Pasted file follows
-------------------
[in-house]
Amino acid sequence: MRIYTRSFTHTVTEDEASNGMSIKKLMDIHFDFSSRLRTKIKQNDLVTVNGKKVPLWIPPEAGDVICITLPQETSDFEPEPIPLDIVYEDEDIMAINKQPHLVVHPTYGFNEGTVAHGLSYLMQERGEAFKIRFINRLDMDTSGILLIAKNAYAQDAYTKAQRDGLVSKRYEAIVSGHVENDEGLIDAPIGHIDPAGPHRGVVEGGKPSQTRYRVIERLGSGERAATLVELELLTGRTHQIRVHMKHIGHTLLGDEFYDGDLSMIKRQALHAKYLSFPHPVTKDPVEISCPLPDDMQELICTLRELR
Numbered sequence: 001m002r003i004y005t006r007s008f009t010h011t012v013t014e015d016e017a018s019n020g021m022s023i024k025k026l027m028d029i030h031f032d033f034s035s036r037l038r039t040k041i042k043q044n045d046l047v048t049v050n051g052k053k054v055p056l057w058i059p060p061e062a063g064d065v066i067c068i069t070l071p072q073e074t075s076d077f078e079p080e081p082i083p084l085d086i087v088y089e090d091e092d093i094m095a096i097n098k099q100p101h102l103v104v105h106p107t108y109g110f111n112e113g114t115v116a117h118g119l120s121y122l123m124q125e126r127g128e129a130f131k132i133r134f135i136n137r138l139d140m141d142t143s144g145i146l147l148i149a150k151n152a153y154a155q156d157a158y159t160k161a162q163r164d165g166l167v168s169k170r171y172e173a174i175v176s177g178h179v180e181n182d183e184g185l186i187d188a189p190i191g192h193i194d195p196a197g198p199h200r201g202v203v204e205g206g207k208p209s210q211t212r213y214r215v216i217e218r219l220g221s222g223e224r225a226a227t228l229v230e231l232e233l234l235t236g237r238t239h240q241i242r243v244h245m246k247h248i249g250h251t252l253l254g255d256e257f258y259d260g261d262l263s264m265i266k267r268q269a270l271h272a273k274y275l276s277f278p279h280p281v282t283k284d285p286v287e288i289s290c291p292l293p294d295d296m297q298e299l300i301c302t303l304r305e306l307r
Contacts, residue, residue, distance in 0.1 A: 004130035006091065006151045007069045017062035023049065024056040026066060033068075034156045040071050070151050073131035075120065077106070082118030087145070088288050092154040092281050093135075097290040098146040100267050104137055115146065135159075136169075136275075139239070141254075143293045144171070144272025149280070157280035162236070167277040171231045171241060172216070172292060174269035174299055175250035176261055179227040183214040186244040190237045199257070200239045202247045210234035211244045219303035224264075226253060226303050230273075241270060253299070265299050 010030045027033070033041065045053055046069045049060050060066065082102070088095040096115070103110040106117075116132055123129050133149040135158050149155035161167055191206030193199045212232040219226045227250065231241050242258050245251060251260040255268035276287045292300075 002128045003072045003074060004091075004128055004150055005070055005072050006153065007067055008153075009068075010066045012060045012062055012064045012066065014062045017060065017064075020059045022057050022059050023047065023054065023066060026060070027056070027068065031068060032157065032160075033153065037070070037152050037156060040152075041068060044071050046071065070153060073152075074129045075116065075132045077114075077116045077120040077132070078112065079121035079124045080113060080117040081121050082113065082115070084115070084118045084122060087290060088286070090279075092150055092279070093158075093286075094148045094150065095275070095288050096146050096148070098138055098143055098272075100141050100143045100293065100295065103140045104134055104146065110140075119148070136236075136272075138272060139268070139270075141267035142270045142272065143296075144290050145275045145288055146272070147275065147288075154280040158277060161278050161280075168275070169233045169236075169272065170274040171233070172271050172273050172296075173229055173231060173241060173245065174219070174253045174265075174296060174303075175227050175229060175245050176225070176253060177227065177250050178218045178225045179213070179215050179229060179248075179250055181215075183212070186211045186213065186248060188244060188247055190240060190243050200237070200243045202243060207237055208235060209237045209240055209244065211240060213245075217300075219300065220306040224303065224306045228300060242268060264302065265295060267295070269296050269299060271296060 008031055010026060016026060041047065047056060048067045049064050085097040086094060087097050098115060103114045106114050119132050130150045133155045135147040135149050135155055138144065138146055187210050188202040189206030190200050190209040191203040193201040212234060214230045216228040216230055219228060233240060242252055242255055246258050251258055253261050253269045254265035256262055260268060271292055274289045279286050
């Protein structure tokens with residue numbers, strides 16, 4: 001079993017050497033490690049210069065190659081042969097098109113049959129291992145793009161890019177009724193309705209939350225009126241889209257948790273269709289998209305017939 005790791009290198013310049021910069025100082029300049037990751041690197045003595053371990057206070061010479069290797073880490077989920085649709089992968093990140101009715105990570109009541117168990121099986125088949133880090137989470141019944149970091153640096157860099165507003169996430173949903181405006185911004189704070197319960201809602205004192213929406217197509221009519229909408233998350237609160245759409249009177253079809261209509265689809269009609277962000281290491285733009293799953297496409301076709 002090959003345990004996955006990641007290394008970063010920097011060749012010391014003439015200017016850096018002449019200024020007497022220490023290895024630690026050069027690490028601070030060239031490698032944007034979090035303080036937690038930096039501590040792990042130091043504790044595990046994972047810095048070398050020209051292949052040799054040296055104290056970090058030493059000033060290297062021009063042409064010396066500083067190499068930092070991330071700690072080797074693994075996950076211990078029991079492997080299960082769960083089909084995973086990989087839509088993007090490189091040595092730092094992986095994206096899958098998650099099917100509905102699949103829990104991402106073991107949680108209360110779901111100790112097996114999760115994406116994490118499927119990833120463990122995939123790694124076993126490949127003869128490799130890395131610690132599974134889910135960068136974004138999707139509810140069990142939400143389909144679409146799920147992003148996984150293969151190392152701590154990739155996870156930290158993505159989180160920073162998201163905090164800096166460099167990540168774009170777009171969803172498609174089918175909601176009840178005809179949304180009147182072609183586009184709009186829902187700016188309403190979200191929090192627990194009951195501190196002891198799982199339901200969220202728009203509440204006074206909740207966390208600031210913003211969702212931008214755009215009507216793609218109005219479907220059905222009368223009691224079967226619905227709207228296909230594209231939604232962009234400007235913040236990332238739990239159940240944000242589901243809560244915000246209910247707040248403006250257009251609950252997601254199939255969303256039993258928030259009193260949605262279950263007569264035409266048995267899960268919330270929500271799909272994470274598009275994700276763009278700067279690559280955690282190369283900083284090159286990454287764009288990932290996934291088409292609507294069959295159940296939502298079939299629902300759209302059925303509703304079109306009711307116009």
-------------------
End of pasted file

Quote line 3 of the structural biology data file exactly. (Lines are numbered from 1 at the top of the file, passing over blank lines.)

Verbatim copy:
Numbered sequence: 001m002r003i004y005t006r007s008f009t010h011t012v013t014e015d016e017a018s019n020g021m022s023i024k025k026l027m028d029i030h031f032d033f034s035s036r037l038r039t040k041i042k043q044n045d046l047v048t049v050n051g052k053k054v055p056l057w058i059p060p061e062a063g064d065v066i067c068i069t070l071p072q073e074t075s076d077f078e079p080e081p082i083p084l085d086i087v088y089e090d091e092d093i094m095a096i097n098k099q100p101h102l103v104v105h106p107t108y109g110f111n112e113g114t115v116a117h118g119l120s121y122l123m124q125e126r127g128e129a130f131k132i133r134f135i136n137r138l139d140m141d142t143s144g145i146l147l148i149a150k151n152a153y154a155q156d157a158y159t160k161a162q163r164d165g166l167v168s169k170r171y172e173a174i175v176s177g178h179v180e181n182d183e184g185l186i187d188a189p190i191g192h193i194d195p196a197g198p199h200r201g202v203v204e205g206g207k208p209s210q211t212r213y214r215v216i217e218r219l220g221s222g223e224r225a226a227t228l229v230e231l232e233l234l235t236g237r238t239h240q241i242r243v244h245m246k247h248i249g250h251t252l253l254g255d256e257f258y259d260g261d262l263s264m265i266k267r268q269a270l271h272a273k274y275l276s277f278p279h280p281v282t283k284d285p286v287e288i289s290c291p292l293p294d295d296m297q298e299l300i301c302t303l304r305e306l307r